One bank that I use does not accept symbols being used in the password.  Thank goodness other sites I use do allow my passwords of 12 characters, with combinations of letter, upper and lower case, numbers, and with some symbols.  Others I have tried as you say restrict you to silly lengths of password.  Why do the banks continue to use only 4 digit pin numbers with their cards?  Far too small!  At least some credit cards companies are pushing authorisation code lengths to 5 or even 6 numbers (not letters!!) :)
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Re: Hacked For The First Time
« Reply #36 on: 07 February 2018, 16:25:50 »

Agreed Lizzie, but in our business we always say that the weakest link is always Layer 8/CKI (ie the user) being suckered in by Socil Engineering or employing poor password policy (not helped by the appalling minimum password levels enforced by many popular sites, some as low as 6 characters minimum but none higher than 8! :o)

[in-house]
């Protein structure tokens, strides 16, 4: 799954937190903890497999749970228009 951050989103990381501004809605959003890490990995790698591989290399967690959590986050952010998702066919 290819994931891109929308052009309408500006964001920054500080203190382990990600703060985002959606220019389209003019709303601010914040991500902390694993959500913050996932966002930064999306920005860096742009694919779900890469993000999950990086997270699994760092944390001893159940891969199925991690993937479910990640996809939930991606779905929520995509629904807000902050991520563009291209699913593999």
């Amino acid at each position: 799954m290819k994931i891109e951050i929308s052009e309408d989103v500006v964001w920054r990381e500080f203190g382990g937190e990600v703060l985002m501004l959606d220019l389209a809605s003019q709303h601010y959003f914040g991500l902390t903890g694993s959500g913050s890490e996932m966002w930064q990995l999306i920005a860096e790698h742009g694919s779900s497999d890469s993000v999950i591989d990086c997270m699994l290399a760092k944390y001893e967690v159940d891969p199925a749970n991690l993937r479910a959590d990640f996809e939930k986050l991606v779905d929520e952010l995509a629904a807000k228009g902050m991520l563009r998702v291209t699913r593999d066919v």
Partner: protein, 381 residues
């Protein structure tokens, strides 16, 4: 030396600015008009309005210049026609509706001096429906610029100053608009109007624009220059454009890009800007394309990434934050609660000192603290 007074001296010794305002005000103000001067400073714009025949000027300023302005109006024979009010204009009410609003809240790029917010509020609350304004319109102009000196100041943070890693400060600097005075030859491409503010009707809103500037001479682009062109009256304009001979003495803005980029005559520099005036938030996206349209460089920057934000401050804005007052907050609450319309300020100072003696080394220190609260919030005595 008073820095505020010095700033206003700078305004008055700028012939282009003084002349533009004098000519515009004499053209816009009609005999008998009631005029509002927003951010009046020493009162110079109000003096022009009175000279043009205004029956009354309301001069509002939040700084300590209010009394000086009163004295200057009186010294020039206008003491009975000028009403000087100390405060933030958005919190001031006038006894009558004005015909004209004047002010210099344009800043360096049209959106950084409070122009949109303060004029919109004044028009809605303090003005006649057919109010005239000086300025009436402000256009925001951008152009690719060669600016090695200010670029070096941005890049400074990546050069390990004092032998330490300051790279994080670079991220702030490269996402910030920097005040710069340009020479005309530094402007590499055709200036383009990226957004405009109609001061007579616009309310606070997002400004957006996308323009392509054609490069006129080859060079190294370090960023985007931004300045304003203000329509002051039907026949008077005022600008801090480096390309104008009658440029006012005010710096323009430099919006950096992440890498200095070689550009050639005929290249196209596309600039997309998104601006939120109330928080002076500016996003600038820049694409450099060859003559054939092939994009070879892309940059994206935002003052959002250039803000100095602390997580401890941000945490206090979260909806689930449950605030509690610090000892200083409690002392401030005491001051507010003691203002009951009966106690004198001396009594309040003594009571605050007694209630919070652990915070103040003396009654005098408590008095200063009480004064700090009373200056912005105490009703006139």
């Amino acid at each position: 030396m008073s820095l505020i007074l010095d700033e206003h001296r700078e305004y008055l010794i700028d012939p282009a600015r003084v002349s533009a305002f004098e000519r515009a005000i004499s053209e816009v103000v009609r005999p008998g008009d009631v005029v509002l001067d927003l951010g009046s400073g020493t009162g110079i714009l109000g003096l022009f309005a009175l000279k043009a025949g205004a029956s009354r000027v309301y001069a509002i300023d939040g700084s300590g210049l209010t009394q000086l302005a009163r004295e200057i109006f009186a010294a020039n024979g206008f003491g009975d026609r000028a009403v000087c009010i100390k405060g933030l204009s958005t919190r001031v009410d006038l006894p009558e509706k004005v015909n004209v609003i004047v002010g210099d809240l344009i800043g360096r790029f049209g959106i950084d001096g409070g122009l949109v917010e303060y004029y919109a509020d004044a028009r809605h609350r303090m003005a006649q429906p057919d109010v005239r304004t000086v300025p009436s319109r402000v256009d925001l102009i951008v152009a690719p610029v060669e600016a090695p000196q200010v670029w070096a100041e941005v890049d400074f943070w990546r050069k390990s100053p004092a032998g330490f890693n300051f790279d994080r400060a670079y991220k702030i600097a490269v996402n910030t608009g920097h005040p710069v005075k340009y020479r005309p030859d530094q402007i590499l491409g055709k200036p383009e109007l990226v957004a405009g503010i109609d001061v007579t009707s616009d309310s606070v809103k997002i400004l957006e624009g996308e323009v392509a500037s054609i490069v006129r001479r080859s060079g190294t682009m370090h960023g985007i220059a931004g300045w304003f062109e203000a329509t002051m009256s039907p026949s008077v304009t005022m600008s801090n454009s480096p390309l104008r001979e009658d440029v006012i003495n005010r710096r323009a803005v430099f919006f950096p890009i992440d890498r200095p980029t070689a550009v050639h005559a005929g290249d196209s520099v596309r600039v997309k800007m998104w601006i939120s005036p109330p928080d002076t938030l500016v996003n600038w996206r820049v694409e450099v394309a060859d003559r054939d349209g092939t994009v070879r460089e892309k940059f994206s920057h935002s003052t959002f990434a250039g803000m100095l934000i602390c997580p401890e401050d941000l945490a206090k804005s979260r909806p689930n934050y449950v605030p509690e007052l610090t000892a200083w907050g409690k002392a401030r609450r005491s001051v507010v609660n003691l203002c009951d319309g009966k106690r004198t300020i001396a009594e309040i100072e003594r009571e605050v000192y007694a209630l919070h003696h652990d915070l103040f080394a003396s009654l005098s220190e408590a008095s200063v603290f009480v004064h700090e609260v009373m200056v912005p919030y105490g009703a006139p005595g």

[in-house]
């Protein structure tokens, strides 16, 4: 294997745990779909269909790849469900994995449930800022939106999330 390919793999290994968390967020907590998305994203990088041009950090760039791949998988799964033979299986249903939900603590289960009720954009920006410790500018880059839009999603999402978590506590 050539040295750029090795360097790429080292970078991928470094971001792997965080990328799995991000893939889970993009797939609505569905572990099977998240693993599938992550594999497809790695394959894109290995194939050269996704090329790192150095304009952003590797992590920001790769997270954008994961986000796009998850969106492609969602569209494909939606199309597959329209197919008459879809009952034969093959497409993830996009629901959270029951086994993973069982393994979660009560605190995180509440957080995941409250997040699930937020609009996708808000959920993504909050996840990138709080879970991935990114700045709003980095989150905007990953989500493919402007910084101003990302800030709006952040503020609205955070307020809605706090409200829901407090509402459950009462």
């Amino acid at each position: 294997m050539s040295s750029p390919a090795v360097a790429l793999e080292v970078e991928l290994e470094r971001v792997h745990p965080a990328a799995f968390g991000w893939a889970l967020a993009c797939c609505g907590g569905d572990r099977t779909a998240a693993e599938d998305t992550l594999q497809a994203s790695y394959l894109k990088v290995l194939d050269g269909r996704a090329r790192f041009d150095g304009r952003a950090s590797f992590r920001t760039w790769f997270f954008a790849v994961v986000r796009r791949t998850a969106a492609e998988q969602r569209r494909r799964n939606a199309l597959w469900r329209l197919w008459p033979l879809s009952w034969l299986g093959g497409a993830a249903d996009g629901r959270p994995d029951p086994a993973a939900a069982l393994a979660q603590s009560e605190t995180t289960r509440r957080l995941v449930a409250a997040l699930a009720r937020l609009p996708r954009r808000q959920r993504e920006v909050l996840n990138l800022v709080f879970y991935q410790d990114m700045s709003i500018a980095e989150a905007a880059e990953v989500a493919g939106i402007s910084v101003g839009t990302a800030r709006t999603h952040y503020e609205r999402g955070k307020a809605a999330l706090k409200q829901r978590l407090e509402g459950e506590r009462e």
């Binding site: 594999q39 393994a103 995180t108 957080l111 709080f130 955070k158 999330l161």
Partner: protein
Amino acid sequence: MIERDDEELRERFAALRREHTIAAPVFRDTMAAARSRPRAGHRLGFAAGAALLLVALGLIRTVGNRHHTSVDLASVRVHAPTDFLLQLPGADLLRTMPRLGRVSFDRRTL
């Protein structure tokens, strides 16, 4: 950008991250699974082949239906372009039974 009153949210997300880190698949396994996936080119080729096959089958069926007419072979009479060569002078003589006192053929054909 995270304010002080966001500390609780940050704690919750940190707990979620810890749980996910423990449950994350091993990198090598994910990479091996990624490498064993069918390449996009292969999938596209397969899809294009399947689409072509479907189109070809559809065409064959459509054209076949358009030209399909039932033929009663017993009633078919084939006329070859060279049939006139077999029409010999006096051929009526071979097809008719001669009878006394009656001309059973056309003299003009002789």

Oh yes, fully agree with that Guffer:y :y

One bank that I use does not accept symbols being used in the password.  Thank goodness other sites I use do allow my passwords of 12 characters, with combinations of letter, upper and lower case, numbers, and with some symbols.  Others I have tried as you say restrict you to silly lengths of password.  Why do the banks continue to use only 4 digit pin numbers with their cards?  Far too small!  At least some credit cards companies are pushing authorisation code lengths to 5 or even 6 numbers (not letters!!) :)
Buffer has already explained about 8/CKI. Banks like people to be able to use their products, and I don't think they want to be employing people to remind folk of their forgotten details.
There was actually research into the optimum number of digits for a PIN......and four won.
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Gaffers

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Re: Hacked For The First Time